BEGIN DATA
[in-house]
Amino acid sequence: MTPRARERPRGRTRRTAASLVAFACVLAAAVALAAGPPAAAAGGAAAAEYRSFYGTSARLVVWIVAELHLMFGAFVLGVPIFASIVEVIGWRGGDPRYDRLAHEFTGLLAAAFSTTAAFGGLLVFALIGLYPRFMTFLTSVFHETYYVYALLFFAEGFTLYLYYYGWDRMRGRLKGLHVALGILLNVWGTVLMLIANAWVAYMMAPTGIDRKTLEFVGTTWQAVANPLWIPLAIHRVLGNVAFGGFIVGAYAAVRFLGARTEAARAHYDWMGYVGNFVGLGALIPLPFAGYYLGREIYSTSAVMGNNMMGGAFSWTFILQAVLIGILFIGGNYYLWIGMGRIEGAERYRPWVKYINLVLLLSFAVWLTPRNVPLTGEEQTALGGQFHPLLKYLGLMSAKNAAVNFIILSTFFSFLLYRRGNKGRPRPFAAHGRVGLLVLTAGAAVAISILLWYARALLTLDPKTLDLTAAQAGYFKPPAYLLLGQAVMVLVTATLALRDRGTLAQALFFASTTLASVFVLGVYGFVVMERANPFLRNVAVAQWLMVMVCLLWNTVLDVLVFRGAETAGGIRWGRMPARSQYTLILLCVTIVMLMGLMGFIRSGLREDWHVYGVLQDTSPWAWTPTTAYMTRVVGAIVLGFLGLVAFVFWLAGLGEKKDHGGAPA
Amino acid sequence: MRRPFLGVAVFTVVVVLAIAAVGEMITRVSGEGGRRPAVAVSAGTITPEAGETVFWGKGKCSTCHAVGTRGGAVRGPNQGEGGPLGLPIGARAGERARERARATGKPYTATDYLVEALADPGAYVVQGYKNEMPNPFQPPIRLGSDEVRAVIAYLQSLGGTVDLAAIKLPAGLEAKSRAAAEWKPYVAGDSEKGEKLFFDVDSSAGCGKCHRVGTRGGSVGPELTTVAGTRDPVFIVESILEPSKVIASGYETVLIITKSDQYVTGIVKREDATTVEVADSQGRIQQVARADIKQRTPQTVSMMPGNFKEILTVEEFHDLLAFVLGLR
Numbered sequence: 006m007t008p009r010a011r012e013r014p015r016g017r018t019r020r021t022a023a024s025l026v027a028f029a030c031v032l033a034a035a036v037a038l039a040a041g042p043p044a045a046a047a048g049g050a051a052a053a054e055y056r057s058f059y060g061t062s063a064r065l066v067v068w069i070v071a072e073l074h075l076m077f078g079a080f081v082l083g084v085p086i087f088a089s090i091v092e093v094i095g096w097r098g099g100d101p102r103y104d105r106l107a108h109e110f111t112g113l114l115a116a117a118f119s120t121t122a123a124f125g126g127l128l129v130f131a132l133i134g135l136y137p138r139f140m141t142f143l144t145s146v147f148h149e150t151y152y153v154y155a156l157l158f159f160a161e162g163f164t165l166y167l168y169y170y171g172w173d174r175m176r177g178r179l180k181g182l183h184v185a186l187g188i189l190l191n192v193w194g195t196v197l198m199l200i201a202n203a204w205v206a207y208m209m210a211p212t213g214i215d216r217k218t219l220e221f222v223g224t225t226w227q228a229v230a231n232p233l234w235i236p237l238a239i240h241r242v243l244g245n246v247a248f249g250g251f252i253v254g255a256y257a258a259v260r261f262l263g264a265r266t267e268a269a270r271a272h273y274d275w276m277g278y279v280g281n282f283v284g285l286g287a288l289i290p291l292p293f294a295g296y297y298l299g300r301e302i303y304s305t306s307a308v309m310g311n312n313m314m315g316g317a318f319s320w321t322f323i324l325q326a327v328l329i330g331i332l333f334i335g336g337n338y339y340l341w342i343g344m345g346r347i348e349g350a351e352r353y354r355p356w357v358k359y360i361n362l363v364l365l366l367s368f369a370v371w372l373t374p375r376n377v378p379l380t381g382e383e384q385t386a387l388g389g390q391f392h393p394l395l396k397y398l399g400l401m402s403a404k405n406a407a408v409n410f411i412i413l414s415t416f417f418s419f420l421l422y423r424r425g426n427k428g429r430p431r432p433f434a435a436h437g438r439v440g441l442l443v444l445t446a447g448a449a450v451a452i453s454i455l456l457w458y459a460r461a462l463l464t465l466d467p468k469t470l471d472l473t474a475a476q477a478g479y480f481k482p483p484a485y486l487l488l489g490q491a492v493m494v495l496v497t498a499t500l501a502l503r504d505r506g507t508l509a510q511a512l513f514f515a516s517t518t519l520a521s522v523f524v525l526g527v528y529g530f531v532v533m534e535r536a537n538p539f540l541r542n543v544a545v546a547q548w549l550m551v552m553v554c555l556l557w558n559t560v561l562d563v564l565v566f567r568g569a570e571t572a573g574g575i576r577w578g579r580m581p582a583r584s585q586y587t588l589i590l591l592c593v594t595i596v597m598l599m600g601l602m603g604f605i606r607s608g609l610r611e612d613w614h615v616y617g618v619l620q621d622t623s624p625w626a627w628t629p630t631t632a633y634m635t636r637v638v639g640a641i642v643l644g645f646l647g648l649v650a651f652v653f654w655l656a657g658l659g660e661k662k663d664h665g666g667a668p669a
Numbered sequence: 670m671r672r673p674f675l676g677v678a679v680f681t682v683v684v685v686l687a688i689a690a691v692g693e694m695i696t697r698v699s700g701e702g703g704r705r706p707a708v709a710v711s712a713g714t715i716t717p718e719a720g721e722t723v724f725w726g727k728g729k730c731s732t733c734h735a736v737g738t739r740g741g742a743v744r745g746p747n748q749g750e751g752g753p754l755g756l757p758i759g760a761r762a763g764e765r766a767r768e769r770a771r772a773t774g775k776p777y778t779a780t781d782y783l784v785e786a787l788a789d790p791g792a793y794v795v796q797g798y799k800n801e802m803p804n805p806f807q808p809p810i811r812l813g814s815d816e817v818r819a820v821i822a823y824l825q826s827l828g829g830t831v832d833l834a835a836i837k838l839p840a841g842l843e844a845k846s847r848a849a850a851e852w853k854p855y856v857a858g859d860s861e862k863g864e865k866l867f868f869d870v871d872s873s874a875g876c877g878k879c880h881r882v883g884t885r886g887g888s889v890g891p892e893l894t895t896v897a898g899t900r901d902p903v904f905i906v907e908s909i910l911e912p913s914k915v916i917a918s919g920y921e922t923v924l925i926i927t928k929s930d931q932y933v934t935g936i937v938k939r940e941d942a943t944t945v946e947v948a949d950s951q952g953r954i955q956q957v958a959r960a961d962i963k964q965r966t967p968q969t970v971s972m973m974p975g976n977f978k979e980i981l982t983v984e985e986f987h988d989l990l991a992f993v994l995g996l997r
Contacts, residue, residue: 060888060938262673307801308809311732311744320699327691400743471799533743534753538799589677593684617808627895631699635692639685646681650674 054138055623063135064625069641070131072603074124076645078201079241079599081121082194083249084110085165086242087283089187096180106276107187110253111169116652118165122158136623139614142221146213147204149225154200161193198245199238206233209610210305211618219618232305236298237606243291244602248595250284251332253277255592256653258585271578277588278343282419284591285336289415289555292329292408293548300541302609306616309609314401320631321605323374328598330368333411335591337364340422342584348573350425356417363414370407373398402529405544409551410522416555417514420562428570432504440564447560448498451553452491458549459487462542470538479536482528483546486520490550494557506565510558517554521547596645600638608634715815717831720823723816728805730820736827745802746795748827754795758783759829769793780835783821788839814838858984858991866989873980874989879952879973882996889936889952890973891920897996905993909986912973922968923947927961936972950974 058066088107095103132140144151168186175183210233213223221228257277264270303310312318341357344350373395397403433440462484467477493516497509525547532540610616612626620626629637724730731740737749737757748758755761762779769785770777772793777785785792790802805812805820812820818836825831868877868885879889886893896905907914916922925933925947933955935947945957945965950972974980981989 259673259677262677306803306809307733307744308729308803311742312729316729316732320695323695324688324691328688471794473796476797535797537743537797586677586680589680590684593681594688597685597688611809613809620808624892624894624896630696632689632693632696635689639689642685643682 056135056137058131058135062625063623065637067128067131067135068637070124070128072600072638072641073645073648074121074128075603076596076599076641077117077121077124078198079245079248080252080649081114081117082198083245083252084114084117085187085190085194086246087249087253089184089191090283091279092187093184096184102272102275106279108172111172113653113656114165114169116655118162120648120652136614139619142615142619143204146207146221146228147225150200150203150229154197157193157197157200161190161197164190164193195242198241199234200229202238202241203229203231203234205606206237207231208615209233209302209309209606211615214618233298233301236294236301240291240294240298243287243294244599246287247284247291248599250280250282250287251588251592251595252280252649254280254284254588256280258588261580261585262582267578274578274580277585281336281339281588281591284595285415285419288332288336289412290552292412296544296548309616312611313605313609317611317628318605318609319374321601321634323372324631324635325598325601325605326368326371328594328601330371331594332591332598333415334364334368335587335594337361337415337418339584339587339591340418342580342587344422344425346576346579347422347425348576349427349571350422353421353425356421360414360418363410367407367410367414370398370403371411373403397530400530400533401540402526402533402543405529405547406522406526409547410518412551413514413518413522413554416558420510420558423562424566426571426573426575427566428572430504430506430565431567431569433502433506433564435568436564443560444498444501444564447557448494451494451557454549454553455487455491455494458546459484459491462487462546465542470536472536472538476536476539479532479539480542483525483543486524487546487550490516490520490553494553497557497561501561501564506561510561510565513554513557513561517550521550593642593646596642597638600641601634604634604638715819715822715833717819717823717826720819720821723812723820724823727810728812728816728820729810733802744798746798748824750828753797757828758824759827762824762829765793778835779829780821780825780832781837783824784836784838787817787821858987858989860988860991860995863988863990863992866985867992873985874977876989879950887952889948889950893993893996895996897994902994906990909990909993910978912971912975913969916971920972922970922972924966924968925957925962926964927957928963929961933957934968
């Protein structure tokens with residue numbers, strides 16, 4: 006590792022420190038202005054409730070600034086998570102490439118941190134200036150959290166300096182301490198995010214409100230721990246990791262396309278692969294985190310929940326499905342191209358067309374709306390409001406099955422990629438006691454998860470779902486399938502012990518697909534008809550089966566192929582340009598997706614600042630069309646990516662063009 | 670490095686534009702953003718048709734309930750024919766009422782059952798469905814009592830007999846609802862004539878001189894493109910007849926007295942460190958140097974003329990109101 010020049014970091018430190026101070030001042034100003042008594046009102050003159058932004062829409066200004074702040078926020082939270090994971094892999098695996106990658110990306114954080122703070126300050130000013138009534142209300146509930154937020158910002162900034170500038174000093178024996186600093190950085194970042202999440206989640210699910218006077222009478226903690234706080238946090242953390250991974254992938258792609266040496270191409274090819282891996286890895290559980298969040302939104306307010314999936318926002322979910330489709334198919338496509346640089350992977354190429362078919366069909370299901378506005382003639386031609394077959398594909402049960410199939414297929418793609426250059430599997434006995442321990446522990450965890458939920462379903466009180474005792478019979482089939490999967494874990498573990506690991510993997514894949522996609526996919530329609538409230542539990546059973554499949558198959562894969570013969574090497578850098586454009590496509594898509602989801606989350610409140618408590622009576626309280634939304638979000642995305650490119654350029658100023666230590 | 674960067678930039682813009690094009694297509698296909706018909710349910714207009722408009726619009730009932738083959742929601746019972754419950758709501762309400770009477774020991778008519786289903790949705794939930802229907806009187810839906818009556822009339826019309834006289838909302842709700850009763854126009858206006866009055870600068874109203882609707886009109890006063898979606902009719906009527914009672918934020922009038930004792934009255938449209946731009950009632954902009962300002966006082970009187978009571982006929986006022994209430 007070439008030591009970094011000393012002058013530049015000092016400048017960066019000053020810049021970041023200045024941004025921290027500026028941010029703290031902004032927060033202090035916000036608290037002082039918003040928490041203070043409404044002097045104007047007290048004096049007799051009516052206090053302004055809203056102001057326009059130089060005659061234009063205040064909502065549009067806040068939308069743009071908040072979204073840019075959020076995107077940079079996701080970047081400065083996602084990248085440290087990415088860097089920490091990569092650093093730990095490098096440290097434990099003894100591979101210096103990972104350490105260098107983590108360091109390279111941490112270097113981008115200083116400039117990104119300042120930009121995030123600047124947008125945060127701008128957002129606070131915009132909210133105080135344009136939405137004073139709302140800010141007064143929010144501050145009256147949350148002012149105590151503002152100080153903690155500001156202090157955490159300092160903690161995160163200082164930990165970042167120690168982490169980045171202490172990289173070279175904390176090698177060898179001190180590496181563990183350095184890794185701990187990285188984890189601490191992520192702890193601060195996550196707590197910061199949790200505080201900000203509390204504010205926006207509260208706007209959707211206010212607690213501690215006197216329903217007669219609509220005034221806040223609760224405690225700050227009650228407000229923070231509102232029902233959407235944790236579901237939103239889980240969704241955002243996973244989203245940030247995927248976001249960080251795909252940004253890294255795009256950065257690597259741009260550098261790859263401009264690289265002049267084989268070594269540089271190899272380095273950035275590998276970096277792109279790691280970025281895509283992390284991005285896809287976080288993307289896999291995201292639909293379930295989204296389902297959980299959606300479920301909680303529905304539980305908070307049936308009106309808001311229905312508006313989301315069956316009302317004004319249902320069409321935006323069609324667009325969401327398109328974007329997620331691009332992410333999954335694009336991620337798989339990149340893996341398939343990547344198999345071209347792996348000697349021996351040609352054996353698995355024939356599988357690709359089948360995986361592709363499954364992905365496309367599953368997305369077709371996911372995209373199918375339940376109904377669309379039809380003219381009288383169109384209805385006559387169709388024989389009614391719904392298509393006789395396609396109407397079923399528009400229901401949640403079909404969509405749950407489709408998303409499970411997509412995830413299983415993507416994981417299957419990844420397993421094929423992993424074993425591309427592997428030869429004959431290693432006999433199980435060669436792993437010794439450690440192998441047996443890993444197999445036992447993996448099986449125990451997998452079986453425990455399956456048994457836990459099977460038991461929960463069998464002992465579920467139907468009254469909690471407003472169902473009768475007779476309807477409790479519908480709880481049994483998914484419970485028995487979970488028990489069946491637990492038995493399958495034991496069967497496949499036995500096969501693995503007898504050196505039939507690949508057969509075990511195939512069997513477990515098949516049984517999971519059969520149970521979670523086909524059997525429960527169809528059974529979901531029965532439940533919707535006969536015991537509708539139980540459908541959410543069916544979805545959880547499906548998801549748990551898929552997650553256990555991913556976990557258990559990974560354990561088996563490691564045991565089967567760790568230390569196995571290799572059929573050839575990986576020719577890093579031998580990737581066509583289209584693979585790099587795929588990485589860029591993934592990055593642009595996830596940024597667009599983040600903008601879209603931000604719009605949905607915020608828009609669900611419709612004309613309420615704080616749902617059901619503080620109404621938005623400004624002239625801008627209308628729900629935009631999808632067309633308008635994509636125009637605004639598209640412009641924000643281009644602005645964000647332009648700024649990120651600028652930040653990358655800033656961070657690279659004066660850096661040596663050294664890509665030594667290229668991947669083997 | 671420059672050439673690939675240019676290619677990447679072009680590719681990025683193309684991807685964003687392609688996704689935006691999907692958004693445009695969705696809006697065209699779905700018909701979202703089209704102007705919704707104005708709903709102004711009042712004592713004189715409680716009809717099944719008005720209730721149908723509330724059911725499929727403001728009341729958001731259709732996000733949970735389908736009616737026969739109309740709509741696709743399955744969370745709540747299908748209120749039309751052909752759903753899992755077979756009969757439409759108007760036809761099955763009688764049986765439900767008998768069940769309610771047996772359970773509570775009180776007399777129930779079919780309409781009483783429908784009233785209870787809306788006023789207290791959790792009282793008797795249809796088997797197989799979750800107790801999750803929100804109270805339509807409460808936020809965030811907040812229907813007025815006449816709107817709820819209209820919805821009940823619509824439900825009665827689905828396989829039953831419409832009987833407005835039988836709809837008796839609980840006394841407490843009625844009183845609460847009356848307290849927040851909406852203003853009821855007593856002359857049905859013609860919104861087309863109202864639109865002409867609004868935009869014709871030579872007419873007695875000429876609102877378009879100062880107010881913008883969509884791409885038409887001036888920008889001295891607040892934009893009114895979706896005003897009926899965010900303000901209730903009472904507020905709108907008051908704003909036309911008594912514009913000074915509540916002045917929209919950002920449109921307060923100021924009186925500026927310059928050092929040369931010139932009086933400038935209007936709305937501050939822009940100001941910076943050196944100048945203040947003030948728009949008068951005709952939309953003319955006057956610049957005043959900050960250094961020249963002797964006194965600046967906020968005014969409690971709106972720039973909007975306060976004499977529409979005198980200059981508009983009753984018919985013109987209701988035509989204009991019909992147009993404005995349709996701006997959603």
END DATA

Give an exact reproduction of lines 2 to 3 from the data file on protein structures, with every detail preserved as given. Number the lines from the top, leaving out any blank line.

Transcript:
Amino acid sequence: MTPRARERPRGRTRRTAASLVAFACVLAAAVALAAGPPAAAAGGAAAAEYRSFYGTSARLVVWIVAELHLMFGAFVLGVPIFASIVEVIGWRGGDPRYDRLAHEFTGLLAAAFSTTAAFGGLLVFALIGLYPRFMTFLTSVFHETYYVYALLFFAEGFTLYLYYYGWDRMRGRLKGLHVALGILLNVWGTVLMLIANAWVAYMMAPTGIDRKTLEFVGTTWQAVANPLWIPLAIHRVLGNVAFGGFIVGAYAAVRFLGARTEAARAHYDWMGYVGNFVGLGALIPLPFAGYYLGREIYSTSAVMGNNMMGGAFSWTFILQAVLIGILFIGGNYYLWIGMGRIEGAERYRPWVKYINLVLLLSFAVWLTPRNVPLTGEEQTALGGQFHPLLKYLGLMSAKNAAVNFIILSTFFSFLLYRRGNKGRPRPFAAHGRVGLLVLTAGAAVAISILLWYARALLTLDPKTLDLTAAQAGYFKPPAYLLLGQAVMVLVTATLALRDRGTLAQALFFASTTLASVFVLGVYGFVVMERANPFLRNVAVAQWLMVMVCLLWNTVLDVLVFRGAETAGGIRWGRMPARSQYTLILLCVTIVMLMGLMGFIRSGLREDWHVYGVLQDTSPWAWTPTTAYMTRVVGAIVLGFLGLVAFVFWLAGLGEKKDHGGAPA
Amino acid sequence: MRRPFLGVAVFTVVVVLAIAAVGEMITRVSGEGGRRPAVAVSAGTITPEAGETVFWGKGKCSTCHAVGTRGGAVRGPNQGEGGPLGLPIGARAGERARERARATGKPYTATDYLVEALADPGAYVVQGYKNEMPNPFQPPIRLGSDEVRAVIAYLQSLGGTVDLAAIKLPAGLEAKSRAAAEWKPYVAGDSEKGEKLFFDVDSSAGCGKCHRVGTRGGSVGPELTTVAGTRDPVFIVESILEPSKVIASGYETVLIITKSDQYVTGIVKREDATTVEVADSQGRIQQVARADIKQRTPQTVSMMPGNFKEILTVEEFHDLLAFVLGLR